GERRYMANDERING is the deliberate manipulation of legislative district boundaries to advantage or benefit a particular party or group, or to cause disadvantage or harm to an opposing party or group. It distorts the electoral process, undermines democracy, and renders legislative elections a meaningless exercise. It’s a conflict of interest for the legislature to draw it’s own district lines.
In Virginia, state legislators redraw district lines for the U.S. Congress, the Virginia House of Delegates and the Senate of Virginia after every 10-year census. Under the current system, the party in power in the House and the party in power in the Senate can draw the lines to serve their own interests, not those of our communities.
Virginia is ranked as one of the most gerrymandered states in the country both on the congressional and state levels based on lack of compactness and contiguity of its districts. Virginia is ranked the 5th worst in the country. Throughout the Commonwealth, counties and cities are being broken in half or into multiple pieces to create heavily partisan districts.
Forty-six localities are split in the Virginia Senate district maps and 59 localities divided in the House of Delegates’ maps. In 2013, 56 candidates in the House of Delegates faced no real competition in the general election, with 22 Democrats and 34 Republicans facing no major-party challenger. Of the remaining 44 races, only 19 were considered competitive to some degree. In the end, only two seats changed parties.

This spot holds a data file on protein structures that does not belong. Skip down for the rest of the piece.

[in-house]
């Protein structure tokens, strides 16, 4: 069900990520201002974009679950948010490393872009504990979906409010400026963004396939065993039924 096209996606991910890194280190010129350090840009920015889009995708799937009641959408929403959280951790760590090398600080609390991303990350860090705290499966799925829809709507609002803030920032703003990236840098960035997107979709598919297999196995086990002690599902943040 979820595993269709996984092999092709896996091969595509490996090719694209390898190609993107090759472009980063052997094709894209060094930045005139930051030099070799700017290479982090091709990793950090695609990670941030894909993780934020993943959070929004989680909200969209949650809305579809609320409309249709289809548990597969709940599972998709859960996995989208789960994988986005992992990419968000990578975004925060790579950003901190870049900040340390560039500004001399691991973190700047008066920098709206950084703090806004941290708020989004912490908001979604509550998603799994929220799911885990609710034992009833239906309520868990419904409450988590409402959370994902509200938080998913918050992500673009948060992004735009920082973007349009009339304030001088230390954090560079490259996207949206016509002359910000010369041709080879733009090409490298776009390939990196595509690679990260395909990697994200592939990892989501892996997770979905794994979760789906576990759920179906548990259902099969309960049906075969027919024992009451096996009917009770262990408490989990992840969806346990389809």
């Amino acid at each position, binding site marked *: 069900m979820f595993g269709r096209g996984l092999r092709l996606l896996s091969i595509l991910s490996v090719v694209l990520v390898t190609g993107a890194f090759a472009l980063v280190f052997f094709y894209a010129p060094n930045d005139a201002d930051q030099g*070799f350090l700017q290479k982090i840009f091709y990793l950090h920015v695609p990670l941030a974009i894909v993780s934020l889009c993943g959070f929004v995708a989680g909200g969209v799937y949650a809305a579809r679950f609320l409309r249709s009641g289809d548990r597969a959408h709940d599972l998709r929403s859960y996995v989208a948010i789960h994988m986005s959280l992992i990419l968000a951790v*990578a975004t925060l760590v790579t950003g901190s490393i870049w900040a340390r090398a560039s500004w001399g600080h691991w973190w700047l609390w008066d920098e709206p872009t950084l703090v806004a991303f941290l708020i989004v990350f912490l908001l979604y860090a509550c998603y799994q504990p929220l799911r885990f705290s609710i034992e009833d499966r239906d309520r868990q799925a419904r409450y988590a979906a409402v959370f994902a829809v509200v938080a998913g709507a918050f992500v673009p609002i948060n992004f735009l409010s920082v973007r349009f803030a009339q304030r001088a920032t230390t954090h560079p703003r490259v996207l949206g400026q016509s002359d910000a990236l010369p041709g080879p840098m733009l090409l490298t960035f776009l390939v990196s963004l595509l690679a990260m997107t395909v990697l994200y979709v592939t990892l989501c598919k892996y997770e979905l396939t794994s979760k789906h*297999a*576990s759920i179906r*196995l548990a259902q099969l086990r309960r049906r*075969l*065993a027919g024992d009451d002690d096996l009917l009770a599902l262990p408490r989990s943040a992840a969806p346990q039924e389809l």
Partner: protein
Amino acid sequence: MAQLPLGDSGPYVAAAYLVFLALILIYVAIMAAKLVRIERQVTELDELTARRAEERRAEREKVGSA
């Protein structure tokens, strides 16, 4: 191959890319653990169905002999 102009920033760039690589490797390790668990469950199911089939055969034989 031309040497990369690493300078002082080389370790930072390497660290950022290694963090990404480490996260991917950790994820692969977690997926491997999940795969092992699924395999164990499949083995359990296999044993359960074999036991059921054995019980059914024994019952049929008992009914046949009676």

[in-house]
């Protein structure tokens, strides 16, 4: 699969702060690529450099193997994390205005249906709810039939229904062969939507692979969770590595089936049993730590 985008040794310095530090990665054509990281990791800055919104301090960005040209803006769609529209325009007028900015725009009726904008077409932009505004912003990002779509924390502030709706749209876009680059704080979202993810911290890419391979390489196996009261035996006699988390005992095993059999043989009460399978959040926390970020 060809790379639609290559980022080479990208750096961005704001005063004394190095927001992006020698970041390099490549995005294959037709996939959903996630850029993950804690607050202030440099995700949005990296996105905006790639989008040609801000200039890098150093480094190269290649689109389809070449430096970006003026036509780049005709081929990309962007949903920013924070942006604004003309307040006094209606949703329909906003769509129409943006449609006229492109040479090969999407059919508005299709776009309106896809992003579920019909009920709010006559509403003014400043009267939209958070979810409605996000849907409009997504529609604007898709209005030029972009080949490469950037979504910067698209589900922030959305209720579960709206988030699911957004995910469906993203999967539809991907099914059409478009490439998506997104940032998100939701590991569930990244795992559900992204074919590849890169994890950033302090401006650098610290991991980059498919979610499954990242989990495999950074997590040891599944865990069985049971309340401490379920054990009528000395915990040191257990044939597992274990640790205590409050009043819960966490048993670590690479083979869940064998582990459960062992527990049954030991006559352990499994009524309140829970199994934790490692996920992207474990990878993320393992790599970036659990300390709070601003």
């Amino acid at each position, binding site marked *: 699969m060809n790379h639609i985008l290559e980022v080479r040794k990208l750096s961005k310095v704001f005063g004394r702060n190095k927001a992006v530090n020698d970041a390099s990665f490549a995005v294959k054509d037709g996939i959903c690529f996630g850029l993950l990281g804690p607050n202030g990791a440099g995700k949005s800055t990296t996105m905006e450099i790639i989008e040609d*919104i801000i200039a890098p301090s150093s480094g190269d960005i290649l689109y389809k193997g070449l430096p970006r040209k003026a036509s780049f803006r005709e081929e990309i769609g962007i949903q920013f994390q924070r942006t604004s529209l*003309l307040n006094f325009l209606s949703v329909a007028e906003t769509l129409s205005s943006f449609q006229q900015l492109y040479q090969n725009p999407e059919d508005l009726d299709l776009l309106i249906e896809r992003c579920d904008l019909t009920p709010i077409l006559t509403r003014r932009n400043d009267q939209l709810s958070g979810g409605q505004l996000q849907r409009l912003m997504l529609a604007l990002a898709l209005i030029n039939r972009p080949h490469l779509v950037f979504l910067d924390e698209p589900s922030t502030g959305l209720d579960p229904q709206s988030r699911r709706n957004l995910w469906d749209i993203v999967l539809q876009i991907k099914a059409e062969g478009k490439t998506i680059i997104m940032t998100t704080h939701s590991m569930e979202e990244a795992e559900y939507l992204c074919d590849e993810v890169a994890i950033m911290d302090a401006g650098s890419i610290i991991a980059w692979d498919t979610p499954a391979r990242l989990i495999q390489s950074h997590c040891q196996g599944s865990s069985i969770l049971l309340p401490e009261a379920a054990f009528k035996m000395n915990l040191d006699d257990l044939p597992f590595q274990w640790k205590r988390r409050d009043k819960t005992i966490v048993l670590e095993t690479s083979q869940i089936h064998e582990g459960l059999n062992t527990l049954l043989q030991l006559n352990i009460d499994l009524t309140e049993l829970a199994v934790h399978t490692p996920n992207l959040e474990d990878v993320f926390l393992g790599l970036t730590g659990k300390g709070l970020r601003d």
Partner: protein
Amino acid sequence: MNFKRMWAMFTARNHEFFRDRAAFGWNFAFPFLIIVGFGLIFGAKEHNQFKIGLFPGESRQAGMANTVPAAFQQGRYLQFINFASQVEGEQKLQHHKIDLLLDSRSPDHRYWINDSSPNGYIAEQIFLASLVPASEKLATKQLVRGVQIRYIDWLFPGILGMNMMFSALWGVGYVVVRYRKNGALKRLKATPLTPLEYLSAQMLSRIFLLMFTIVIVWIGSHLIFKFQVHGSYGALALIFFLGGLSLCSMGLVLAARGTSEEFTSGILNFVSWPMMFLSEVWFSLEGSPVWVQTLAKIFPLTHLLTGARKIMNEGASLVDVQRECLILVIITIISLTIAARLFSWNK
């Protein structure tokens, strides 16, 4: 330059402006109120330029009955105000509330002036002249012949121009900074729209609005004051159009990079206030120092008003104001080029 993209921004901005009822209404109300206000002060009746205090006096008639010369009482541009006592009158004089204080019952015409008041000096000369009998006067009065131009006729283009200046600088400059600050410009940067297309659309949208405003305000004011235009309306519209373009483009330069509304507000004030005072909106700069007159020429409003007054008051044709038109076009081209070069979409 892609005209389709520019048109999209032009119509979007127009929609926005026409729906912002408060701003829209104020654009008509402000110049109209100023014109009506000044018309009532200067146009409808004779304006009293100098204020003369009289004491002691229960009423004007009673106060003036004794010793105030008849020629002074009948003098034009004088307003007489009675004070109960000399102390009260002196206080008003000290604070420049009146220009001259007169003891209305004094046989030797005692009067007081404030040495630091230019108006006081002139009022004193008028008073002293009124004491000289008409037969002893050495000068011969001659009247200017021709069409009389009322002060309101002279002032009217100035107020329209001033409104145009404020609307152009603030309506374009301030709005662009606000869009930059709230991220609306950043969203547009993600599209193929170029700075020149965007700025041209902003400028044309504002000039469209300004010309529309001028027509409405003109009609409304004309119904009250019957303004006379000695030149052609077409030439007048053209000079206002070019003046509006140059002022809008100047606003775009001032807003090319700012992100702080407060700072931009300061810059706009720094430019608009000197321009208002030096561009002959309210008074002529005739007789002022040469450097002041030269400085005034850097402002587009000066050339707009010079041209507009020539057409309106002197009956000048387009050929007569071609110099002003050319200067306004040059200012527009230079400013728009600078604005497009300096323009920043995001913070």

Massachusetts Governor Elbridge Gerry may get the credit for being the first to use political maps as a tool to influence elections, but “gerrymandering” as the method has been coined, is believed to have originated in our Commonwealth much earlier. Scholars point to Gov. Patrick Henry as the first example of political redistricting in the United States. In the 1780s he attempted to fix an election by creating a district to force Federalist James Madison to face Anti-Federalist James Monroe. The practice of gerrymandering has not changed much in the past 228 years…what has changed is the technology used to draw the lines more ruthlessly and effectively, and the large amounts of money behind this subtle practice.
Below are wonderful maps provided to us by State Political Maps that show the House of Delegate, Virginia Senate, and Virginia Congressional districts.
 Virginia Public Access Project VPAP
 Center for Politics, University of Virginia
 Virginia State Board of Elections